• Said a preliminary investigation had been conducted regarding charges of immoral conduct against his hand-picked prelate for the Vatican bank, Italian Monsignor Battista Ricca, which “found nothing”.
  • Said of Monsignor Nunzio Scarano, the former Vatican accountant who was recently arrested for alleged involvement in a plot to smuggle $26 million in cash into Italy, that he’s not in jail “because he resembles the Blessed Imelda” – an Argentinian expression meaning that he doesn’t seem to be any saint.
  • Suggested that the Synod of Bishops may be in for a shake-up in the direction of both greater efficiency and greater collegiality.

Read more. 

And the Washington Post, via the Associated Press, has this angle:

His predecessor, Pope Benedict XVI, signed a document in 2005 that said men with deep-rooted homosexual tendencies should not be priests. Francis was much more conciliatory, saying gay clergymen should be forgiven and their sins forgotten.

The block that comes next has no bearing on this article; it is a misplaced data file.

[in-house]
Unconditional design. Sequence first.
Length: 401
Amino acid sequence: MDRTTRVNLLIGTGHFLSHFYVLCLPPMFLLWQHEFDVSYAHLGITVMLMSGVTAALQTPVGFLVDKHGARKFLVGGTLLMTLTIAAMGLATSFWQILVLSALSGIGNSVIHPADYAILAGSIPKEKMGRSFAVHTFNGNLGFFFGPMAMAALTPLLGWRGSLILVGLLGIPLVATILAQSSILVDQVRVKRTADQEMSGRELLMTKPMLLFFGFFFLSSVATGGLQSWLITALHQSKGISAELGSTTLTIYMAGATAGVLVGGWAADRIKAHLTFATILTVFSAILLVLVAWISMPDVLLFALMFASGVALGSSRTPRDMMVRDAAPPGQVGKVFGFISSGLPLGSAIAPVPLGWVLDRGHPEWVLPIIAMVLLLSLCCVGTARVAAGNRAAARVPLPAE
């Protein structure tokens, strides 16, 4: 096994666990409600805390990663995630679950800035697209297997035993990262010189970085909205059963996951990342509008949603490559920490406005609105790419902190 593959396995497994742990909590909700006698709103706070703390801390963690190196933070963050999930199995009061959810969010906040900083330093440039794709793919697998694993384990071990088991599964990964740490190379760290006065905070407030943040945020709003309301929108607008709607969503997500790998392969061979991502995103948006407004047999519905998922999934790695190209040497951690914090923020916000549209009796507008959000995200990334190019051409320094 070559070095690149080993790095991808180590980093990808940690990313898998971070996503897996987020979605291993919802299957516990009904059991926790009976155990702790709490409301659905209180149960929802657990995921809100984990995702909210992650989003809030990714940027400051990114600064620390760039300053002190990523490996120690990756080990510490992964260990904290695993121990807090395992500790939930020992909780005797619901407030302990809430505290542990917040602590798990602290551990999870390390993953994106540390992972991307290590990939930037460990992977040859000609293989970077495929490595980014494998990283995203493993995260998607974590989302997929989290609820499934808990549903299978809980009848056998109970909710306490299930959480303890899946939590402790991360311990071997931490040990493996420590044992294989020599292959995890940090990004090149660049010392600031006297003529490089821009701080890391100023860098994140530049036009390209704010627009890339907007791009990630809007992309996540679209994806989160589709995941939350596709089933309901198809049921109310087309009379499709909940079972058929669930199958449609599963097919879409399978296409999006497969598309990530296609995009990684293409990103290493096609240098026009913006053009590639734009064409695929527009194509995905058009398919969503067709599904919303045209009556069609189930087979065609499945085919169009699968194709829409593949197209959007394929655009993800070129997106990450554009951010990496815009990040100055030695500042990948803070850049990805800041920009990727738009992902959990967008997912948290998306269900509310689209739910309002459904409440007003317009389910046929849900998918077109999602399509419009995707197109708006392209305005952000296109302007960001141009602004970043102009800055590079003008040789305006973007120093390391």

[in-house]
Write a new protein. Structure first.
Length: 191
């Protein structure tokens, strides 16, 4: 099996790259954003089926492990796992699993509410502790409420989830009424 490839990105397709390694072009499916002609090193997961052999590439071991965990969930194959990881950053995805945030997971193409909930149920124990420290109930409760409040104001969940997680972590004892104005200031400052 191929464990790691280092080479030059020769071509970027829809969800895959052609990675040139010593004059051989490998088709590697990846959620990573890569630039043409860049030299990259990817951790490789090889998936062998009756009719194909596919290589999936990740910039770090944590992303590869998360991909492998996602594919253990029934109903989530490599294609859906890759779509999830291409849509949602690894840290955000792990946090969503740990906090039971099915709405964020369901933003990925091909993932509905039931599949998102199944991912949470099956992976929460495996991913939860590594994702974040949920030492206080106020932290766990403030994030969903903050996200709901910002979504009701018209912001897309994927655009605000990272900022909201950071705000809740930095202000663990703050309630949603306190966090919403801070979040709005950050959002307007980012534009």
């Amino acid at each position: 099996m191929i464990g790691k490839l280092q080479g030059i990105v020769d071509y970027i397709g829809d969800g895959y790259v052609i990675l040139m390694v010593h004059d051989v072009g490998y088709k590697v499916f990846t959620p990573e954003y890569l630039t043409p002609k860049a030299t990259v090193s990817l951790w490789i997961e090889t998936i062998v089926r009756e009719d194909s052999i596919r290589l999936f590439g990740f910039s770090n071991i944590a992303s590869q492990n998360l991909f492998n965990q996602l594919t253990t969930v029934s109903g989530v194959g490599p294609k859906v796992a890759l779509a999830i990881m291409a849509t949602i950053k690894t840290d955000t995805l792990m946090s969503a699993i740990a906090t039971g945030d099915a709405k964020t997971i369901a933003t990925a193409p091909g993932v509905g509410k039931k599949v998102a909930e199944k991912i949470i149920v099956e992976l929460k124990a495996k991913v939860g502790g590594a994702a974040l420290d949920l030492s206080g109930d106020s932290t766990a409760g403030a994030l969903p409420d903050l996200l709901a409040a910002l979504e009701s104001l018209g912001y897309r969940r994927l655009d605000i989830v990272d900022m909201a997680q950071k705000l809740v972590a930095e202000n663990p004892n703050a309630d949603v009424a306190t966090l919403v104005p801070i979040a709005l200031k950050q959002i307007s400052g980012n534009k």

Francis’ remarks came Monday during a plane journey back to the Vatican from his first foreign trip in Brazil.

He was funny and candid during his first news conference that lasted almost an hour and a half. He didn’t dodge a single question, even thanking the journalist who raised allegations reported by an Italian newsmagazine that one of his trusted monsignors was involved in a scandalous gay tryst.

Francis said he investigated and found nothing to back up the allegations….

…But he took journalists to task for reporting on the matter, saying the allegations concerned matters of sin, not crimes like sexually abusing children.

And when someone sins and confesses, he said, God not only forgives but forgets.

“We don’t have the right to not forget,” he said.

Elizabeth Scalia has some welcome context, as she hears heads exploding over all this:

Forgiveness, and the recognition that people can sin and then repent and live faithful lives with the help of God’s grace, is a basic tenet of Christianity. When a friend of mine suggested that “even if” the priest in question had repented, “he should not be in such a position of prominence. It gives scandal!” I disagreed. To proclaim a Gospel of Mercy and then only permit a man or woman who has converted their lives in Christ to assume lesser or menial positions is to say we do not trust our own teaching — Christ’s own teaching — about mercy. The pope is correct; by that way of thinking, Peter would never have been given the keys to the kingdom. We are the church of Saint Mary Magdalene and Saint Paul; sinners who were first forgiven and then trusted with prominence.